PROVIDENCE, R.I. (WPRI) – Blue Cross & Blue Shield of Rhode Island executives say they’re closely monitoring what caused a loss of $50 million during the first seven months of this year, with the most worrying factor being an unexpected increase in how often their members use medical services.
Mark Stewart, who replaced Michael Hudson as Blue Cross’s chief financial officer last month, said in an interview that the insurer’s business plan for 2016 had always expected a loss of $20 million from January through July, due to planned expenses and seasonal factors.
As for the unexpected $30 million loss beyond that, he said, $13 million was an early termination fee to switch pharmacy suppliers for future cost savings, and about $9 million was outstanding claims for 2015 coming in higher than forecast.
Stewart said the latter piece is attributable to the same surprise that accounts for the remainder of the $30 million loss: higher-than-expected utilization – in layman’s terms, Blue Cross beneficiaries seeking out more services from health providers than its actuaries thought they would.
“Although this miss definitely has management’s full attention, and we’re putting things in place to mitigate the miss and to maximize earnings as much as possible, I would categorize – because many of these things we can point to are, I would say, one-time in nature – that although it’s a concern, it’s not a driving concern, so that we would have to go to regulators or there’s a danger of … a failure of any sort,” Stewart said.
WPRI.com first reported last month that Blue Cross had lost $52 million in the six months through June 30. The insurer says the size of the loss eased to $50 million as of July 31.
Stewart said actual prices for medical services have not been growing above expectations, so the problem is limited to abnormally high utilization, something its former CEO had complained about in the past. Stewart said Blue Cross has begun putting new programs in place in recent months in an effort to stem the tide. Anecdotally, he said, he’s heard other Northeast insurers are experiencing the same phenomenon.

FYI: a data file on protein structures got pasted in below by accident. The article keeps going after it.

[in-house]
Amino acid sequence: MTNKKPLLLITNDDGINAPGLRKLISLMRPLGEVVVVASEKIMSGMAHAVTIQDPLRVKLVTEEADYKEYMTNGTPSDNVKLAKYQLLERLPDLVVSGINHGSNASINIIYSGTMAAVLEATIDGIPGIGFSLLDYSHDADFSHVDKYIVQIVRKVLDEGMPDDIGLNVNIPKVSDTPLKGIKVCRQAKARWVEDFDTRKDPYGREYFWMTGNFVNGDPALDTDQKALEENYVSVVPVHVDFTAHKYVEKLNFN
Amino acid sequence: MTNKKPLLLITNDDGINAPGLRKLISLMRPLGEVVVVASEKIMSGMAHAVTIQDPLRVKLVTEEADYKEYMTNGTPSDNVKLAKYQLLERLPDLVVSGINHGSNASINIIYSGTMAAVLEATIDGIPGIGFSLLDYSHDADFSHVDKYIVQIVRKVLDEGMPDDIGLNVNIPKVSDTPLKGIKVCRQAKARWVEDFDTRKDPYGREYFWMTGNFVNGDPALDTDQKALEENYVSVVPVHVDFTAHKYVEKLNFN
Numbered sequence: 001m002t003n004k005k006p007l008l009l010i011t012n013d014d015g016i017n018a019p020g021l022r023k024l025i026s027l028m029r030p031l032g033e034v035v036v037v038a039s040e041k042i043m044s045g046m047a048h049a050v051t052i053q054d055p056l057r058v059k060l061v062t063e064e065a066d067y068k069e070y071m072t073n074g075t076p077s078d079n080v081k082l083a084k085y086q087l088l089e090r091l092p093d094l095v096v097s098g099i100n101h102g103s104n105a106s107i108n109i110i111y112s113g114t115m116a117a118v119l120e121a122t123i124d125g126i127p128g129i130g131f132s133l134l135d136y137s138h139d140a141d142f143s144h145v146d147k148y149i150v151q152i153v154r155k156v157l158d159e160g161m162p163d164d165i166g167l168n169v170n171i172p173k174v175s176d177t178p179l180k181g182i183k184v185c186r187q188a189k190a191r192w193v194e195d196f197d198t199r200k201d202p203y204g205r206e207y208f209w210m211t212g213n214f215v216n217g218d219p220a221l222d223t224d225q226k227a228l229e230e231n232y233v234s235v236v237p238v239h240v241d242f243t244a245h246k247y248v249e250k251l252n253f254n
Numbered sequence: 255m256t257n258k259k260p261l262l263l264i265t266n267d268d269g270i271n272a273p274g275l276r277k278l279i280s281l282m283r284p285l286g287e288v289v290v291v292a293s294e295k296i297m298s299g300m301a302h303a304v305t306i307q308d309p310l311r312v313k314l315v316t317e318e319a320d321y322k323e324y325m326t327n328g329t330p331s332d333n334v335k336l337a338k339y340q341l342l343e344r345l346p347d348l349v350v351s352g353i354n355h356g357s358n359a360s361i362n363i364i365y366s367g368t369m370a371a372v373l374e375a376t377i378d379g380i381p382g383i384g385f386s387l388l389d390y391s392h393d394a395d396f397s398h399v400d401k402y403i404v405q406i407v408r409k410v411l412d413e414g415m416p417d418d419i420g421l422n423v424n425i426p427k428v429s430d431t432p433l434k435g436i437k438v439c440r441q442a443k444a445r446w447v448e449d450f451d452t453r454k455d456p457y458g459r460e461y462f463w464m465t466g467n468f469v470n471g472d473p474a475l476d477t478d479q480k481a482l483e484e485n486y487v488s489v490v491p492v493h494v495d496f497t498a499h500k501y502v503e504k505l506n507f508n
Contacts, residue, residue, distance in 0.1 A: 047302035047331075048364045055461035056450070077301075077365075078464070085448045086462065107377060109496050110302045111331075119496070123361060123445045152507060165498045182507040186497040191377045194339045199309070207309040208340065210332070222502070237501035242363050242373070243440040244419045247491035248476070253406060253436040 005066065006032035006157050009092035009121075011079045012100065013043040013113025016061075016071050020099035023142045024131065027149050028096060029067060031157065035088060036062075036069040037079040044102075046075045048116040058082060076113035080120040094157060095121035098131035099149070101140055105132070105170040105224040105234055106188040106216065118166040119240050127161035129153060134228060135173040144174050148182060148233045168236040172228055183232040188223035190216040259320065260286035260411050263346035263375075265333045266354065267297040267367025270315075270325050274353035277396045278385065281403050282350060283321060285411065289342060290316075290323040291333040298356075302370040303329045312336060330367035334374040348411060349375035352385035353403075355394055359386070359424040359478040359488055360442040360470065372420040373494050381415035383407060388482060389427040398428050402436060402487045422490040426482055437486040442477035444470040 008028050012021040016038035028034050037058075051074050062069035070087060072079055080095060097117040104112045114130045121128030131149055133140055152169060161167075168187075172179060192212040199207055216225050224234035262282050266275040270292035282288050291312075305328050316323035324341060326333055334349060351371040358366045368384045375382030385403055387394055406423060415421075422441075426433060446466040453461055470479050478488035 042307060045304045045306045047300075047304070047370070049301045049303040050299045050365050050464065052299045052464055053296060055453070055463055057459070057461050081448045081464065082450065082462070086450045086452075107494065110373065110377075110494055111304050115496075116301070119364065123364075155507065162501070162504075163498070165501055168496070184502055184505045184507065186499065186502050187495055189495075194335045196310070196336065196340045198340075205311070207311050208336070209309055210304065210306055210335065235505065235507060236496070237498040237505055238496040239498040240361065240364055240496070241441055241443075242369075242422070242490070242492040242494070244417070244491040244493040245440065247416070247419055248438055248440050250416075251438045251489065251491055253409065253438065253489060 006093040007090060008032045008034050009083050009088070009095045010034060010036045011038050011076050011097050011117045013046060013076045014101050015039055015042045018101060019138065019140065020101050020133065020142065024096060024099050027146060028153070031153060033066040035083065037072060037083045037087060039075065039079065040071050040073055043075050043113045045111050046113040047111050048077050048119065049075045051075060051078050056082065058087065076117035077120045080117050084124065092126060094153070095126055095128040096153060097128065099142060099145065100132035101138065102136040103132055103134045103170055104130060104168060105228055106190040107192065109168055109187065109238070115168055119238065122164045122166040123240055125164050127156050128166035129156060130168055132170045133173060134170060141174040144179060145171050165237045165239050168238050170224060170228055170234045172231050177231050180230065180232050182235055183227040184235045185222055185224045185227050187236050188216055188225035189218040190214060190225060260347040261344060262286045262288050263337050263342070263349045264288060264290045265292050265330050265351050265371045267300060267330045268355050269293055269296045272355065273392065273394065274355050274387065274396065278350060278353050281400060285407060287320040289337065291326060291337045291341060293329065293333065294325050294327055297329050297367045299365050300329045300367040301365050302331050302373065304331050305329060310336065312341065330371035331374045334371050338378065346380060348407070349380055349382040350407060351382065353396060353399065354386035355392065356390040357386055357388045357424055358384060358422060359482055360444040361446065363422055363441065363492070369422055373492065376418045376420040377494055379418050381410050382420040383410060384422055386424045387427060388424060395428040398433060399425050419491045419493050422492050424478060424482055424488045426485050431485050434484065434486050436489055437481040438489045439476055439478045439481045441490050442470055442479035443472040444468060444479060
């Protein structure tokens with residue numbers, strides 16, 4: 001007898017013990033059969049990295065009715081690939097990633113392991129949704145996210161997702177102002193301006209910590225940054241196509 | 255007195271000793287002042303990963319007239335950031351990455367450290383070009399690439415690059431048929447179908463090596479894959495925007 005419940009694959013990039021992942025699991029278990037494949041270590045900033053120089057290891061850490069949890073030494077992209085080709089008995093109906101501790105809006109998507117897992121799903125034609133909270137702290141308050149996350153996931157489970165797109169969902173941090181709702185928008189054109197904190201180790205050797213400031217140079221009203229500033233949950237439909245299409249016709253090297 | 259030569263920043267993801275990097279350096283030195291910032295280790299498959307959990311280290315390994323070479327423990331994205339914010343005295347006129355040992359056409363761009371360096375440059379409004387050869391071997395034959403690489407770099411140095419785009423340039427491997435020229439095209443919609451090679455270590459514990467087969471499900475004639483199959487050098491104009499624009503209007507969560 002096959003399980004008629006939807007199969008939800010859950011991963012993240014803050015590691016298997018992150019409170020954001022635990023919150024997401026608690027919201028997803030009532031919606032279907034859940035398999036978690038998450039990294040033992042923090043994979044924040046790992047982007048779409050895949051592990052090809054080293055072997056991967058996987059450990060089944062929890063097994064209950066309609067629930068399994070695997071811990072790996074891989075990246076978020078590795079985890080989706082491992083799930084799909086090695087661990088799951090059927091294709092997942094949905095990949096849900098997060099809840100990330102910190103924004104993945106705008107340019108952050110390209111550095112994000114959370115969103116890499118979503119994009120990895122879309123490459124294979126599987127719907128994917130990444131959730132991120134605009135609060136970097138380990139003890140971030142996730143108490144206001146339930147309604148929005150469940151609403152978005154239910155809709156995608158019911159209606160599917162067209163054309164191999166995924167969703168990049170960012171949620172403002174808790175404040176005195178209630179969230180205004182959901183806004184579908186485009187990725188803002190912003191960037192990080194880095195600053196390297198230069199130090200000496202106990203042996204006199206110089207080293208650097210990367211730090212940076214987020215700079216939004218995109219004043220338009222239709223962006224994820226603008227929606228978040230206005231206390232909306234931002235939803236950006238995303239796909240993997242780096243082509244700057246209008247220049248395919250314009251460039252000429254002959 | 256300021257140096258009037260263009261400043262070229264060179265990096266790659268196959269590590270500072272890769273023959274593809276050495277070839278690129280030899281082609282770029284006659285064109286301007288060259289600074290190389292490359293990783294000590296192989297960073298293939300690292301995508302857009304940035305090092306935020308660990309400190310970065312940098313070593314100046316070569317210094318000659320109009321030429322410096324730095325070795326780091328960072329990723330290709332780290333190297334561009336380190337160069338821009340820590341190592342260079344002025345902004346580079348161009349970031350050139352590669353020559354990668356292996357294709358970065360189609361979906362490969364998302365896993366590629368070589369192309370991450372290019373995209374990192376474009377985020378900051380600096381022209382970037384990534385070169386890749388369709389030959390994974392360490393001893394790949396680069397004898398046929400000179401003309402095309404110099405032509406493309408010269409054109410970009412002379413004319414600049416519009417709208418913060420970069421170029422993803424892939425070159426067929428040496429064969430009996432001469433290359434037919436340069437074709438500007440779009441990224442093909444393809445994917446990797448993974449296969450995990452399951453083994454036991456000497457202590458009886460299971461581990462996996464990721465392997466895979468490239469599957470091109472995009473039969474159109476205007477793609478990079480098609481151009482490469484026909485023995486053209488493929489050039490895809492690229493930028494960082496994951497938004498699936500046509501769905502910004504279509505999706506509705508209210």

Stewart said the loss was not related to the implementation of President Obama’s Affordable Care Act; in fact, he said, its individual insurance plans sold on and off HealthSource RI were the one line of business that did not show a significant loss in the first half of 2016. Still, he acknowledged the law’s new regulations have added more “complexity” to the insurance business.
Blue Cross’s reserves stood at $231 million as of June 30, down 22% since the start of 2016. Stewart said the insurer aims for its risk-based capital to come in between 450% and 500%, and it’s currently at 409%, which he hopes will increase by the end of the year.
“Our capital reserves and surplus are strong, they’re adequate,” Stewart said, adding: “I think we got caught in a bit of a trend cycle, but that’s part of what we do, to minimize that trend.”
Blue Cross Rhode Island’s reserves remain in the bottom quartile among all Blue Cross plans nationally, but Stewart said the Chicago-based Blue Cross Blue Shield Association wouldn’t step in unless reserves fell as low as 200%, which he said his team would never allow. He also said he’s “not anticipating” that Blue Cross will need to go back to state regulators and seek higher rates “right now.”
“That would be a last resort,” he said.
Looking ahead, Stewart confirmed Blue Cross will seek to rejoin the state’s Medicaid plan as a managed-care provider the next time it goes out for bid; the insurer had quit the program in 2010. Blue Cross also plans to pursue the contract for the state employees health insurance plan, which it lost to UnitedHealthcare in 2004, he said.
More broadly, Stewart indicated Blue Cross’s current management is not considering merging with a larger out-of-state insurance group.
“There is no doubt we believe that being a local independent Blues plan is the right solution for Rhode Island,” he said. “It allows us to get very close to the community. Our programs we’ve put in place are geared toward Rhode Islanders, anything from our behavioral-health programs through medical planning and medical cost initiatives.”
“Is it a small state? Yes. Is there limited opportunities with the number of members? Yes,” he continued. “That is why, though, we’ve contracted with the likes of Dell and some of our other vendor partners, is to really capitalize on their scale to help us bring forward different strategic initiatives and investments that we can make in our core infrastructure, and bring a knowledge base that they may have from experiences across the nation to us, so that we can bring the best service and capitalizes to the market.”Ted Nesi (firstname.lastname@example.org) covers politics and the economy for WPRI.com. He writes The Saturday Morning Post and hosts Executive Suite. Follow him on Twitter, Facebook and Instagram